Freehome project

Ekaterina Smirnova is currently completing a Masters degree in Cultures and Literatures of Central and Eastern Europe at the Humboldt Universität in Berlin. As part of her course, she signed up for a project seminar with Berlin-based artist and curator Vadim Zakharov. In 2016, Zakharov founded the “FREEHOME – Artist to Artist” community in Berlin, a project that is something of a contemporary parallel to the underground Apt-art movement of the 1980s, which nurtured individualism in art against the restrictions enforced by the Communist regime in the former USSR. Smirnova tells WOM more about a recent exhibition hosted by Freehome, and what the project can offer both artists and audience alike.

“In my first semester at the Humboldt Universität in Berlin I signed up for a project seminar with artist since then I have been a part of the Freehome community – a project that gives artists the opportunity to exhibit their works in a free format: no galleries and curators, no fees, insurance and complete conceptual freedom.


The Arnold Dreyblatt exhibition fits into the Freehome context, because it is not just an art space, but also a residential apartment, a creative studio and an archive. Everything matches with the ethos of Freehome perfectly: diversity, text as a principle mode of communication, memory and associations, randomness and accurate calculation. The exhibition builds a bridge between the archive of Moscow conceptualism by Vadim Zakharov and the archive of Arnold Dreyblatt, artistically designed specifically for the exhibition between various games featuring the texts of the American artist and the Russian conceptual art group. Such a connection could be built because of the particular character of Freehome space.

Photo of Arnold Dreyblatt © Vadim Zakharov


Most importantly, unlike in galleries and other institutions, the Freehome exhibition format preserved the versatility of Arnold Dreyblatt – from his sound experiments and searches in the field of minimalist music to his art projects and his text performances.


I was inspired by the text performance based on the materials of the archive of the Jewish Museum in Berlin. The artist read out marks on folders with materials: “traces of cuts, traces of brown spots, missing pages, white spots, traces of fire”, traces, traces, traces (association with Derrida), poetry of memory and poetry of technical files, names and objects destined to be traces in memory locked in an archive under a specific category. An obscure, difficult, delicate and sophisticated work in combination with the text.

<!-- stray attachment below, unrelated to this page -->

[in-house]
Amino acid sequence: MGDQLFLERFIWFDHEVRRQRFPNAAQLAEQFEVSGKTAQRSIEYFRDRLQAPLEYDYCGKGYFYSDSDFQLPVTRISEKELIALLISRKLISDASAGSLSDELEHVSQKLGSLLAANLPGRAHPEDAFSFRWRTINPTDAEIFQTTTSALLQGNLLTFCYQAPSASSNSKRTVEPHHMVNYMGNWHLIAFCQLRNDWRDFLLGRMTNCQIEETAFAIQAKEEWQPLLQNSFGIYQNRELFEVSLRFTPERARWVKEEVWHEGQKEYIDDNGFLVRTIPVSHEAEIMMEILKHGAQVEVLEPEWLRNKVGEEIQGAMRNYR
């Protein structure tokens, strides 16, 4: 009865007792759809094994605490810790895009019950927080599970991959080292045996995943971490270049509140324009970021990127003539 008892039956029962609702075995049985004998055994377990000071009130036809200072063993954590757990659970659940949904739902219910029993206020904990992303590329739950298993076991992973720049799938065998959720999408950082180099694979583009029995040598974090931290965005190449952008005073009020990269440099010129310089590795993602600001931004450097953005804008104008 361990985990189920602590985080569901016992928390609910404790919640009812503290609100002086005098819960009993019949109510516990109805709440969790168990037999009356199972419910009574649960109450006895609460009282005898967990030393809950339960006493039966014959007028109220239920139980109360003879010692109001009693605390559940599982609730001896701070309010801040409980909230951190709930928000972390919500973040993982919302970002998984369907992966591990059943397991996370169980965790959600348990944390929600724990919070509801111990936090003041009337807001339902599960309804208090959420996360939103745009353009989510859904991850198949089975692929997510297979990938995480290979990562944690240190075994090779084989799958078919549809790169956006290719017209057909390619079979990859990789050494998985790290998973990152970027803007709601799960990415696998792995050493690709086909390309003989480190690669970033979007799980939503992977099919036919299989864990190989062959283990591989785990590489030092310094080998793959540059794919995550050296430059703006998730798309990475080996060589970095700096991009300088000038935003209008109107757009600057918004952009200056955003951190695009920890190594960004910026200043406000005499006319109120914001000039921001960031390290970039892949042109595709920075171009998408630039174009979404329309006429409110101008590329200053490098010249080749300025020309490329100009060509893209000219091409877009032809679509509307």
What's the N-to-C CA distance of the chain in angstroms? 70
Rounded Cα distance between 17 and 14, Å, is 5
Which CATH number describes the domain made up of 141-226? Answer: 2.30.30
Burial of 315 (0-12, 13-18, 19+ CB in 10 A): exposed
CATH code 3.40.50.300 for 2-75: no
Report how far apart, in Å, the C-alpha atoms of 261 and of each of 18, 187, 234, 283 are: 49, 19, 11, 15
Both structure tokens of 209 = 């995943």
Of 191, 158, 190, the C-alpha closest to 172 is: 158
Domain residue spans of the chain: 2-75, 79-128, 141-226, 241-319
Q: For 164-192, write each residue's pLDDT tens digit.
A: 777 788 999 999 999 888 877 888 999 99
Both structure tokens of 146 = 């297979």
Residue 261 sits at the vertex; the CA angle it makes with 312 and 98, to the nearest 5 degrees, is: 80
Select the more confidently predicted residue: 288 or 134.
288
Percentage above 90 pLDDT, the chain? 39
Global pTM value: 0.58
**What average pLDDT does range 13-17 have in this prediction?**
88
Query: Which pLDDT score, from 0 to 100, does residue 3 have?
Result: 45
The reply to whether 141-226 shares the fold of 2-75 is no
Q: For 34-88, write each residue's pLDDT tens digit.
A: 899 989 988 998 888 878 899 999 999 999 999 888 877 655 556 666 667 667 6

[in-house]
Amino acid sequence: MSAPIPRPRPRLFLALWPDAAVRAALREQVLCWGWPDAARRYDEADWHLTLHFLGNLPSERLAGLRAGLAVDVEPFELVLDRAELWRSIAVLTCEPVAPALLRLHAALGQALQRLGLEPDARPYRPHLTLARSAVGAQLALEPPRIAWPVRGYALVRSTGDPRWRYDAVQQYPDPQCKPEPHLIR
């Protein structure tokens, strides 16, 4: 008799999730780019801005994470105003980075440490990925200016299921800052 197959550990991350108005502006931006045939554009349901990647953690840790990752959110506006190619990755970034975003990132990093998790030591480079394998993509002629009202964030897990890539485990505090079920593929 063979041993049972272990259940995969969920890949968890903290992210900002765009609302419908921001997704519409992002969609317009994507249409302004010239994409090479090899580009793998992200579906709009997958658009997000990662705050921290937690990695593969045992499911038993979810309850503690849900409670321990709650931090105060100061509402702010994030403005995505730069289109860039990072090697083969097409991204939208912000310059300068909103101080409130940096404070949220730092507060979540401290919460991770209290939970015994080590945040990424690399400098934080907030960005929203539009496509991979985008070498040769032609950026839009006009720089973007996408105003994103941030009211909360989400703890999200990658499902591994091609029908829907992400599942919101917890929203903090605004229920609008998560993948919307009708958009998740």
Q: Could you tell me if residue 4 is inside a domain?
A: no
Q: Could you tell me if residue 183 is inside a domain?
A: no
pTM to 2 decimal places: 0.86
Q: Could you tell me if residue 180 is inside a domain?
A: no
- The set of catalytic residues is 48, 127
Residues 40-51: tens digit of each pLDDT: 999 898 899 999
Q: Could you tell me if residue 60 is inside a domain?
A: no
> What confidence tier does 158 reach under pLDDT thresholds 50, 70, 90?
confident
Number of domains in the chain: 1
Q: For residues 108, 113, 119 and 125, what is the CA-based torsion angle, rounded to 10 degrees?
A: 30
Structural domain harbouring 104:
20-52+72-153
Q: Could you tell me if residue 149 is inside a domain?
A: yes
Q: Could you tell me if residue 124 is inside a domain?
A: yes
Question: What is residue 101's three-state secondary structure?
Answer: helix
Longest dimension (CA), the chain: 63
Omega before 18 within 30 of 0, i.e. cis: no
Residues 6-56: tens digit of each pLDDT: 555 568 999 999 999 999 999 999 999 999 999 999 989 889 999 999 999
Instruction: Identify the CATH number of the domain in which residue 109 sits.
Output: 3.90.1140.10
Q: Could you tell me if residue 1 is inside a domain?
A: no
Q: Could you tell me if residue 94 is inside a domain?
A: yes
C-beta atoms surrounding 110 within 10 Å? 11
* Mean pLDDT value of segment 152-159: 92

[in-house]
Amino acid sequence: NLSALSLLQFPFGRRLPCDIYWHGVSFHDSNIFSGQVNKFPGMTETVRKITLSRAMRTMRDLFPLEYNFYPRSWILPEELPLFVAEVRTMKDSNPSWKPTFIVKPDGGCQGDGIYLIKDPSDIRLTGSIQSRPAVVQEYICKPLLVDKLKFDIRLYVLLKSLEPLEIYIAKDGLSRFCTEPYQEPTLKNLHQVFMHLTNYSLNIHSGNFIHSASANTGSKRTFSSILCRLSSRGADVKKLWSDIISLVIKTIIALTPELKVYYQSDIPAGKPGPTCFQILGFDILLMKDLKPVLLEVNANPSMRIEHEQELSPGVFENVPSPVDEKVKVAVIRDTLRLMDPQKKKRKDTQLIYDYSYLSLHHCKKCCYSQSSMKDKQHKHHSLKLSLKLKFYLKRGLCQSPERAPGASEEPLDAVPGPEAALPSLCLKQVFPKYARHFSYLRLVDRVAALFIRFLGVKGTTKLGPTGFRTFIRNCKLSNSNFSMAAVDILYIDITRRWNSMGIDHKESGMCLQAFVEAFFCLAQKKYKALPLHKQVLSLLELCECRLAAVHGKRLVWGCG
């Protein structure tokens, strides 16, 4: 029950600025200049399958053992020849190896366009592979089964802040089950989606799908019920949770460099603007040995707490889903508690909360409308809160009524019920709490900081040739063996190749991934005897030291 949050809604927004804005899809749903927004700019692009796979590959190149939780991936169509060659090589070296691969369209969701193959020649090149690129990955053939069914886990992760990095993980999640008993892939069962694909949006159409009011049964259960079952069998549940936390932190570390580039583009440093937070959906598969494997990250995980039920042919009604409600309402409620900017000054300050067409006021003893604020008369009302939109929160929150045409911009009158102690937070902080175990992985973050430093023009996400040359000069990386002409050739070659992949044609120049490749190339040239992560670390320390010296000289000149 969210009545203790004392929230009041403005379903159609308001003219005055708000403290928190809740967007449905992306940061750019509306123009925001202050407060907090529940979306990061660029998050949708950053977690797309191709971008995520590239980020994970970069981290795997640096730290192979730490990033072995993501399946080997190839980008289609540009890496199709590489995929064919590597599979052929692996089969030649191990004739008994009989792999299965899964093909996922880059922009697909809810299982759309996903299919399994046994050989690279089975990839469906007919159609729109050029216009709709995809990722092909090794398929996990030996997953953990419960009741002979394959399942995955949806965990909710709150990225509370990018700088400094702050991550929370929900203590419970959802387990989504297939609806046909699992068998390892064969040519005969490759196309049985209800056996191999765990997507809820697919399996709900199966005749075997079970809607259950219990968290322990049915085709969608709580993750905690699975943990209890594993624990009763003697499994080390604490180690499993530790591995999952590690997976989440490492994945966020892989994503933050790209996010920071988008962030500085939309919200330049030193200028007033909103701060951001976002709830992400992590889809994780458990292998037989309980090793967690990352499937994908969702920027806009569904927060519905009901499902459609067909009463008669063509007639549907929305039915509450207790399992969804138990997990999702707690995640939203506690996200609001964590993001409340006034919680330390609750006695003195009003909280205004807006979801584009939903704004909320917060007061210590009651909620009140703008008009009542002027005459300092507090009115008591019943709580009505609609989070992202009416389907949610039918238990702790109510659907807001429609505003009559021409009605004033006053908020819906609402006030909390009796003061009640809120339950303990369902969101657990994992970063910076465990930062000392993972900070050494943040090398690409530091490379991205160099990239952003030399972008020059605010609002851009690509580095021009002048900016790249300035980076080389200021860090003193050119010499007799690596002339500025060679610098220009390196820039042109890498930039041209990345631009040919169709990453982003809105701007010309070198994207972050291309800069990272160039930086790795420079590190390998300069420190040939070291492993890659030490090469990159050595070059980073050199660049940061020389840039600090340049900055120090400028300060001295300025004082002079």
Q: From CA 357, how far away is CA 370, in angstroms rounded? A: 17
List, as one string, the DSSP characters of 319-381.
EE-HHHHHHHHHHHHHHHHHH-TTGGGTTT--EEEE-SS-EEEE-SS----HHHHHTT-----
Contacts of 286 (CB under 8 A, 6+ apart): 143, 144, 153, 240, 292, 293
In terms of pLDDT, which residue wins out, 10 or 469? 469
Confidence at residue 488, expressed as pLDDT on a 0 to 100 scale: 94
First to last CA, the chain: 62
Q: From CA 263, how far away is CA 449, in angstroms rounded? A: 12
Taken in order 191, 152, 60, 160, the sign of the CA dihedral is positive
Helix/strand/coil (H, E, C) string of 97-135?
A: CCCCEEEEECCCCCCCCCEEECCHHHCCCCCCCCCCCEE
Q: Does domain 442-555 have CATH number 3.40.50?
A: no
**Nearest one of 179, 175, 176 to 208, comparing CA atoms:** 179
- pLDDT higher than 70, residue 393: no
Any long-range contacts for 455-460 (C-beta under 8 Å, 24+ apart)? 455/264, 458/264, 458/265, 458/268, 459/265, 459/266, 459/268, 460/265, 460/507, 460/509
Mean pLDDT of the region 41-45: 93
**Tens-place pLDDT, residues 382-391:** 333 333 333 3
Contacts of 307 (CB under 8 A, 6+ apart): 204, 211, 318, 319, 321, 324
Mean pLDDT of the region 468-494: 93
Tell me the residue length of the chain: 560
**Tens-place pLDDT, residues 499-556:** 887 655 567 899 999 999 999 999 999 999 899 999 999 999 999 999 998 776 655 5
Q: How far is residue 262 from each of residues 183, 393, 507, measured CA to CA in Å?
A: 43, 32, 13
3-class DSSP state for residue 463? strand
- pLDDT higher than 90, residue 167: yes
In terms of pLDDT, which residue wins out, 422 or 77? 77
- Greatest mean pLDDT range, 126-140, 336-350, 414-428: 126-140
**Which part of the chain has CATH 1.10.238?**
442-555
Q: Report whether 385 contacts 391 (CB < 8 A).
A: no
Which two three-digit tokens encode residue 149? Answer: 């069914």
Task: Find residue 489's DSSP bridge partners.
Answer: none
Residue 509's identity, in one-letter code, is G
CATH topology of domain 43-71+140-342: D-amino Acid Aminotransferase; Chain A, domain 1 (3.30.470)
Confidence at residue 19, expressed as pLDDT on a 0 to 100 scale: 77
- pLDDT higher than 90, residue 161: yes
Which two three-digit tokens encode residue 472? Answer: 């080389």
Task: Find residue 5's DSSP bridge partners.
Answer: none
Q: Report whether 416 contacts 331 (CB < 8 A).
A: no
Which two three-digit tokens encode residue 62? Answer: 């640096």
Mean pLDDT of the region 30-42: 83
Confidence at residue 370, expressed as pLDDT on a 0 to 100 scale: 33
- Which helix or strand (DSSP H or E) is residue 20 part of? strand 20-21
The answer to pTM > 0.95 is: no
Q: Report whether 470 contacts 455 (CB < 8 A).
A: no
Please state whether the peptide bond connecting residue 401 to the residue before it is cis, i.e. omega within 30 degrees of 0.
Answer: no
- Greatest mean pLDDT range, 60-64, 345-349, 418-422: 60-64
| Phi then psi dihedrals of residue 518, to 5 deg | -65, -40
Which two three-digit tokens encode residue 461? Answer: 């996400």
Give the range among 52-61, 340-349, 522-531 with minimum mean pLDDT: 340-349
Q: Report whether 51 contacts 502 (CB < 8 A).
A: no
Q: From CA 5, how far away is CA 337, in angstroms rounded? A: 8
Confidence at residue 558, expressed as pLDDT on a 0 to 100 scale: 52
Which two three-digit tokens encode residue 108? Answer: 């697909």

Archives from the Jewish Museum, photo courtesy of Ekaterina Smirnova


A random and non-random selection of words and sentences from a sizeable text or image archive, along with the structuring elements (only the alphabetical order of the initial letters and formal criteria, for example, sentences not longer than 5 words) have created a very special form on poesy. A monotonous reading, in which the rhythm gradually manifests itself, and seemingly random phrases built up a multifaceted whole, are linked by voice and intonation, source and repetition. 

Photo courtesy of Ekaterina Smirnova


In a conversation after the performance, Arnold Dreyblatt told me about his method: the programme counts words and numbers from references in the text, then a kind of text map is drawn up, the artist chooses words and sentences in which they are used, randomly subordinates them to alphabetical order and turns out the flow of words separated from the original meaning, receiving a new sound. The archive of lost and acquired values is itself being born during the performance.

The video below shows a holographic text from the exhibition. As the viewer moves, the lines of text appear different, resulting in a superimposition of different values which are combined and mixed in an interesting way.”

by Ekaterina Smirnova